Saturday, September 3, 2011

The Curse of the Ruby Necklace by Francine Pascal

While looking for shells on the beach one day, Jessica Wakefield comes across a beautiful ruby necklace. She's immediately drawn to this beautiful object and even risks her life by diving into the ocean during a thunderstorm in order to retrieve it. Her twin sister Elizabeth can't understand Jessica's attachment to the necklace - it seems to have some mystical hold over her. Meanwhile, the twins also discover that a movie is being filmed at the old Keller mansion. This could be Jessica's big break! And Elizabeth is eager to get the scoop for the school newspaper. But before long the twins find themselves dealing with murderers, jewel thieves - and ghosts. Can they solve a decades-old murder...before it's too late?

At the end of Fahrenheit 451 (spoiler alert), citizens of the new society begin by recounting the books that they can remember. If I was part of that society, The Curse of the Ruby Necklace would likely be my book. I purchased this book (or, rather, my mom bought it for me) when the above paperback edition was new in stores. It then took up residence at our cottage, and I read it at least once a summer until I went to grad school. When I went back to the cottage this summer, this was one of the first things that I looked for.

I never really got into Sweet Valley High. I spent a lot more time reading their younger counterpart, Sweet Valley Twins. In this series, Jessica and Elizabeth were 12 years old and in grade 6 (which always bothered me, because at my school 12 years old generally meant grade seven). Elizabeth was best friends with Amy Sutton and worked on the school newspaper, got good grades, and was the Gallant to Jessica's Goofus. Jess was best frenemies with Lila Fowler, belonged to an exclusive club called the Unicorns (who sat at a table they called the Unicorner and always wore at least one purple thing every day), dated Aaron Dallas, and didn't care much about grades.

Little of that, though, is relevant for Curse of the Ruby Necklace. Other characters make only brief occassional appearances (except for their cousin Robin, who joins them in solving a mystery). It's really more about Jessica, Elizabeth, and the magical necklace that connects them with Lillian Keller, the young girl who died decades ago and the subject of the new movie being made. Lillian's cousin was blamed for the 'accidental death,' but Lillian has returned (in spirit form) to right the wrongs of the past and to help bring the real killer to justice. The necklace acts as a conduit for the three girls to have access to Lillian; it makes them moody, possessive, and have terrible nightmares. (Sound familiar? When I first read/saw Harry Potter and the Deathly Hallows, it made me wonder if J.K. Rowling had read The Curse of the Ruby Necklace.) Aided by the movie's Penny Marshall-ish director, the twins are driven to find justice for Lillian.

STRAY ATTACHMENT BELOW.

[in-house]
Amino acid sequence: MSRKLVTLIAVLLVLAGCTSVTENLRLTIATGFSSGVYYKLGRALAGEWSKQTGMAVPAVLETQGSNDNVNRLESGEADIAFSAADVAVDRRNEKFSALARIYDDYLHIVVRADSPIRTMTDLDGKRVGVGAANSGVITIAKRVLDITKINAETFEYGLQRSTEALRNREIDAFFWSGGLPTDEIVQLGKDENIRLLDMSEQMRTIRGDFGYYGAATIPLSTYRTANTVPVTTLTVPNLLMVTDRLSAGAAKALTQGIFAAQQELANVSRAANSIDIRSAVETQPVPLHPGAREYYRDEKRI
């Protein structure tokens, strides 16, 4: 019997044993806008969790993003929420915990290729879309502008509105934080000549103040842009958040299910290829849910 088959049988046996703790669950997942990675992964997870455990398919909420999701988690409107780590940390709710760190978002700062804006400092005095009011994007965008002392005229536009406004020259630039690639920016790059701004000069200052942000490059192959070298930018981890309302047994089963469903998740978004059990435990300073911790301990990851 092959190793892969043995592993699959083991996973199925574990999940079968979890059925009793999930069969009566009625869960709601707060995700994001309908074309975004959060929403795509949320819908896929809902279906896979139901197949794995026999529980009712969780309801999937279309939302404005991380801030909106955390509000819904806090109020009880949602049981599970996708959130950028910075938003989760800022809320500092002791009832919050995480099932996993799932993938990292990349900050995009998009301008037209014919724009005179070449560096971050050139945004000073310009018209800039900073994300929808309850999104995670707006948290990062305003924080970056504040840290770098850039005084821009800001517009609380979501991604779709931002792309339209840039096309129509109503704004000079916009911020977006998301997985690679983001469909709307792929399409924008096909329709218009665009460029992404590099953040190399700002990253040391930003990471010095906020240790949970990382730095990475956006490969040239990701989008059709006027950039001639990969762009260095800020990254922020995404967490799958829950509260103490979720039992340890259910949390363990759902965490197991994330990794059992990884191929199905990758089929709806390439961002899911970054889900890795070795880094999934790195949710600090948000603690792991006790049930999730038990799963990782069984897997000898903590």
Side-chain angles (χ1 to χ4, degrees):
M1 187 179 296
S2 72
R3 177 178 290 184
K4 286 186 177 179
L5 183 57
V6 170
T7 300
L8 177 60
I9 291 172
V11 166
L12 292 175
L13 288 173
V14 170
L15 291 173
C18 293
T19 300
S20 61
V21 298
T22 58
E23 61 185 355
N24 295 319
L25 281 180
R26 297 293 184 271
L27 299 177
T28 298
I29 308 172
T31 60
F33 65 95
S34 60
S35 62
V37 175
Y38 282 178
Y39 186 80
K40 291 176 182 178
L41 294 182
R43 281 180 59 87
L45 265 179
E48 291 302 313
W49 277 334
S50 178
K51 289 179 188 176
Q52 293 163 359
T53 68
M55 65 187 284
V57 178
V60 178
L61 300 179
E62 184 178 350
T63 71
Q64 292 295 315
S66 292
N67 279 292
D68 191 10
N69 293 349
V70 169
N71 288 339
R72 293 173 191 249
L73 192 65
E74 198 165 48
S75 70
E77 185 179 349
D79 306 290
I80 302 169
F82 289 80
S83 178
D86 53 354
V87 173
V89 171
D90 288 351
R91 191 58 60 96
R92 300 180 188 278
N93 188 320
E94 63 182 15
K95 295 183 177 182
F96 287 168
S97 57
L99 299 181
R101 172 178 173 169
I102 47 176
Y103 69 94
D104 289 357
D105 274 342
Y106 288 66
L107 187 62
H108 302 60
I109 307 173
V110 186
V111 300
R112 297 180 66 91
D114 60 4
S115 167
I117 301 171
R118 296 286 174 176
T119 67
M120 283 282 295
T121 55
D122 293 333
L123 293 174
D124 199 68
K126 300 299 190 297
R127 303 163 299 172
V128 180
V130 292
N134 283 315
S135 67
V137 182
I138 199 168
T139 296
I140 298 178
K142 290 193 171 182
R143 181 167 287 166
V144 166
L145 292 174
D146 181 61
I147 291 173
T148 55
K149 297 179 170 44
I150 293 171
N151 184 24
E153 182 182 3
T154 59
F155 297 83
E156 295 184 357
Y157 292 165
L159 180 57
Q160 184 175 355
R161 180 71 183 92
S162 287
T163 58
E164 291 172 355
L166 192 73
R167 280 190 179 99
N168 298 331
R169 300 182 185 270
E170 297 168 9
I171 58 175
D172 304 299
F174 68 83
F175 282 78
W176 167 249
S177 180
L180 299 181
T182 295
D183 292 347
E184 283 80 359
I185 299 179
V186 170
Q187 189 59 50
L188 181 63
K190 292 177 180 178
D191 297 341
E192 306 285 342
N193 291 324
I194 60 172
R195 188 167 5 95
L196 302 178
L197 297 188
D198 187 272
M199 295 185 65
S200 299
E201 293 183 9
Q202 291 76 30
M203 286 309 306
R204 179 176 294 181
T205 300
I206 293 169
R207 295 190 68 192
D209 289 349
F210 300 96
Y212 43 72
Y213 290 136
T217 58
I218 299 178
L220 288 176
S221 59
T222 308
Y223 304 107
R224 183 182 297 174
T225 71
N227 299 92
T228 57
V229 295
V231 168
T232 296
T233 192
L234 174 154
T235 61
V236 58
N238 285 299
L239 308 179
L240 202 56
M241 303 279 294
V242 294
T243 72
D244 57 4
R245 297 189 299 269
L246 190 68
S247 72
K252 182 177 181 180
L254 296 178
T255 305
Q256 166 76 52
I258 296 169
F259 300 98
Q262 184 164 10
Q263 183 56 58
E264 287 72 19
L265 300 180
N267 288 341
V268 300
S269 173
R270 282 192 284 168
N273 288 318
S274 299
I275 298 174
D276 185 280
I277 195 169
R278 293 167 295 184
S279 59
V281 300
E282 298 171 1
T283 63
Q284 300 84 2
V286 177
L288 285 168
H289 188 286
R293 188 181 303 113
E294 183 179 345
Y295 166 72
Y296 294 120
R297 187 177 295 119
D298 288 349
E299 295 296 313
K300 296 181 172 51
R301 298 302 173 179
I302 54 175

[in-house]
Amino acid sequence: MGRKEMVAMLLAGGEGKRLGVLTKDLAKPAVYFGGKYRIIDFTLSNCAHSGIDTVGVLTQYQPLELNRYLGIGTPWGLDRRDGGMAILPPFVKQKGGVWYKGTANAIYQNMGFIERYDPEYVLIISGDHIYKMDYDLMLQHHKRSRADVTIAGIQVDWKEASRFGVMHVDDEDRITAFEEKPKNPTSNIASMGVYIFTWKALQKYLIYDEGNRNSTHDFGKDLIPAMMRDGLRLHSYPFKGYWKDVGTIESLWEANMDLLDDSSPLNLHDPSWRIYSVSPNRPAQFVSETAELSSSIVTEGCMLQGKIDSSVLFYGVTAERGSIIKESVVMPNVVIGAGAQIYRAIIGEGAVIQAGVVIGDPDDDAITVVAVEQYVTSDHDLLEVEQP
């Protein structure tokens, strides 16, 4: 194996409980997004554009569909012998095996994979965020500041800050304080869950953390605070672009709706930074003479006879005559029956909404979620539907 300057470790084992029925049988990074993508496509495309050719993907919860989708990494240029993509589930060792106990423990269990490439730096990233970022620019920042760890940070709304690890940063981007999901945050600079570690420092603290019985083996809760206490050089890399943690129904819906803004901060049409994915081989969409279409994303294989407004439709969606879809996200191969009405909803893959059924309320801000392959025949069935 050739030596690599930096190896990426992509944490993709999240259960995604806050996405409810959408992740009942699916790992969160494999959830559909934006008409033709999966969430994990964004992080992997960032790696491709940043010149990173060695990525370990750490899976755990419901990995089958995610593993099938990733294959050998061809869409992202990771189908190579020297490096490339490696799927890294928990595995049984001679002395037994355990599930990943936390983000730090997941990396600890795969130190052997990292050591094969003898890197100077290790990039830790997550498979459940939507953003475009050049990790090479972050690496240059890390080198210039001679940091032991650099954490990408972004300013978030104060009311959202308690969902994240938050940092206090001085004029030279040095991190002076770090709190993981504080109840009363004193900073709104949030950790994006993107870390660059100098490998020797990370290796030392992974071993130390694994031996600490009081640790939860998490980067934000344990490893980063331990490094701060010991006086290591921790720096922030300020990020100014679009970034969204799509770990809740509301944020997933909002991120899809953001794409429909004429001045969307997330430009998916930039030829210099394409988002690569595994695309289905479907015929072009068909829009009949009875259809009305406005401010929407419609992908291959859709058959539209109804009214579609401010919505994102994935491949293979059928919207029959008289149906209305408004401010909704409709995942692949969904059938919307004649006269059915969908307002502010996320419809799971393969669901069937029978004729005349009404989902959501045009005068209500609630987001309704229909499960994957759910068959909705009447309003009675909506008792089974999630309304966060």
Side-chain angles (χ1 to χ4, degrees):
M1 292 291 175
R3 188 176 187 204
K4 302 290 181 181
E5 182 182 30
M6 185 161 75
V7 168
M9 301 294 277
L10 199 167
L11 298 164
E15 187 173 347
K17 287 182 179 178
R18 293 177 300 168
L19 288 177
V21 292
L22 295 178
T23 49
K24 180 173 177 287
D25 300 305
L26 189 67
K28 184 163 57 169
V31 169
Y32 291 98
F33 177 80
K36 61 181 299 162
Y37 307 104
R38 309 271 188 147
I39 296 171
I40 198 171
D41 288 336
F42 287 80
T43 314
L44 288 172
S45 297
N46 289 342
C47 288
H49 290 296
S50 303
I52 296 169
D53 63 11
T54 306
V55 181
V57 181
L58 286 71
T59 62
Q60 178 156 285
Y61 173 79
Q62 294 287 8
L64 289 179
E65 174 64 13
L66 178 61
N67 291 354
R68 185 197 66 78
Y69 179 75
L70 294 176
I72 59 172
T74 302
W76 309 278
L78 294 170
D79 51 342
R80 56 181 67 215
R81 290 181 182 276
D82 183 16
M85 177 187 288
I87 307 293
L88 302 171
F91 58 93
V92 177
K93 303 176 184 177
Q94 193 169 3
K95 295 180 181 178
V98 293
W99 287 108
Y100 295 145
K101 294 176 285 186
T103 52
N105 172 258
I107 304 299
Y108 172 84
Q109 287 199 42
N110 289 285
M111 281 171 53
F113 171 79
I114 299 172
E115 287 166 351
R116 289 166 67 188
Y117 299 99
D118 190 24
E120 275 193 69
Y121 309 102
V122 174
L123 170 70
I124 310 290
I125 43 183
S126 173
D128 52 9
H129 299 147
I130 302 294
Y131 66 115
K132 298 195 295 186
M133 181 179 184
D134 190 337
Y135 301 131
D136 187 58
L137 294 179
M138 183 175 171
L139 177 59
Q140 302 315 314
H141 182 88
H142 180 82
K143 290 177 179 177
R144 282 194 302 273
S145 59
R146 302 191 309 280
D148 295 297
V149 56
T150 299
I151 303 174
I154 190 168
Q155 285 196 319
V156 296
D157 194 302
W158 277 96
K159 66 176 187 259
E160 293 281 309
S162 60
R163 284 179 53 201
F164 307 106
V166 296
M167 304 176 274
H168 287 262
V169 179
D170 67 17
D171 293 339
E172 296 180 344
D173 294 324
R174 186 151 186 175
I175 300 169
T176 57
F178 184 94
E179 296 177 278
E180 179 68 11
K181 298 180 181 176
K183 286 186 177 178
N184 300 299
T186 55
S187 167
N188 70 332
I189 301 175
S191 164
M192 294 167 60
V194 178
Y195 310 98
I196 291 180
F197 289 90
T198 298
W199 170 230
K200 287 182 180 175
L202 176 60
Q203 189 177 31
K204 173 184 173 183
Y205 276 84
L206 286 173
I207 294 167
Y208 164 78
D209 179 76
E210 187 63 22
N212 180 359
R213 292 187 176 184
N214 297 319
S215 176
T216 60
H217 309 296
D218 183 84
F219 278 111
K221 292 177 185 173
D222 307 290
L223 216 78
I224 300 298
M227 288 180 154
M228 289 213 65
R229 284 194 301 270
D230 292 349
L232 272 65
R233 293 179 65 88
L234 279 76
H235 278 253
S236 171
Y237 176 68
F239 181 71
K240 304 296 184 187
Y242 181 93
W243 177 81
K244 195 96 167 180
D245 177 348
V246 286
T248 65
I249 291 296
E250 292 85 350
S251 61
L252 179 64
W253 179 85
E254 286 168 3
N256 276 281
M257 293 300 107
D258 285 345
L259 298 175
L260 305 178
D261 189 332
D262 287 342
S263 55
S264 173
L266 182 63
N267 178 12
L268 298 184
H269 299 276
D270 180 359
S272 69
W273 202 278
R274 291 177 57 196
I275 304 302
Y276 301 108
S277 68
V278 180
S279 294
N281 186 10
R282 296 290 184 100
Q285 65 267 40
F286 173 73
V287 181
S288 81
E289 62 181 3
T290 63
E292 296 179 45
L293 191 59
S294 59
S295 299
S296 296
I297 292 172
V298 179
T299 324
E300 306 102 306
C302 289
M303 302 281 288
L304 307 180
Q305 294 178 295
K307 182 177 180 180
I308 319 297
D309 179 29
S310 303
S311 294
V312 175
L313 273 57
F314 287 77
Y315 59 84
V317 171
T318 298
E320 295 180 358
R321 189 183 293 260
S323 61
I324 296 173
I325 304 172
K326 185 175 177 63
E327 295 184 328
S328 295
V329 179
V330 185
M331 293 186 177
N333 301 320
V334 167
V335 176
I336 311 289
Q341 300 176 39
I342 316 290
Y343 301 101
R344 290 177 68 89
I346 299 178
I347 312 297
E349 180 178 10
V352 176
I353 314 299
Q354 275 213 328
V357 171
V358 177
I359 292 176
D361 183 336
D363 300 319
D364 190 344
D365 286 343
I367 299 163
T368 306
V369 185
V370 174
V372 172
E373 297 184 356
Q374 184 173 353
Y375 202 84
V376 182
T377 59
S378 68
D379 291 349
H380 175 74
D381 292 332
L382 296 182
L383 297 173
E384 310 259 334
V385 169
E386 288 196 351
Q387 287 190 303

Like many series paperbacks, this book really isn't meant to withstand the number of readings that I've given it. Sure, the entire premise, as a ghost story, is basically implausible, but there are more mundane things that stick out to me as being unrealistic. (For example, a big deal is made of the fact that the girls are twins, and they're hired because of how valuable twins are for movie-makers dealing with restrictions on child labour. But Jessica and Elizabeth are the only twins on set, and they're only ever in scenes with other how will having an extra "Luella" character ever make a difference?) It's best not to dwell on that, though, and instead just settle in and enjoy the complete ridiculousness that is The Curse of the Ruby Necklace.

See how it fits into the Sweet Valley Twins universe at wikipedia.

For a more in depth review of the book, I highly recommend 1bruce1's recap.

Find it at Amazon (used).

Read it with:
The Unicorns Go Hawaiian by Francine Pascal
Baby-Sitters' Christmas Chiller by Ann M. Martin
Closed for the Season by Mary Downing Hahn
Harry Potter and the Deathly Hallows by J.K. Rowling

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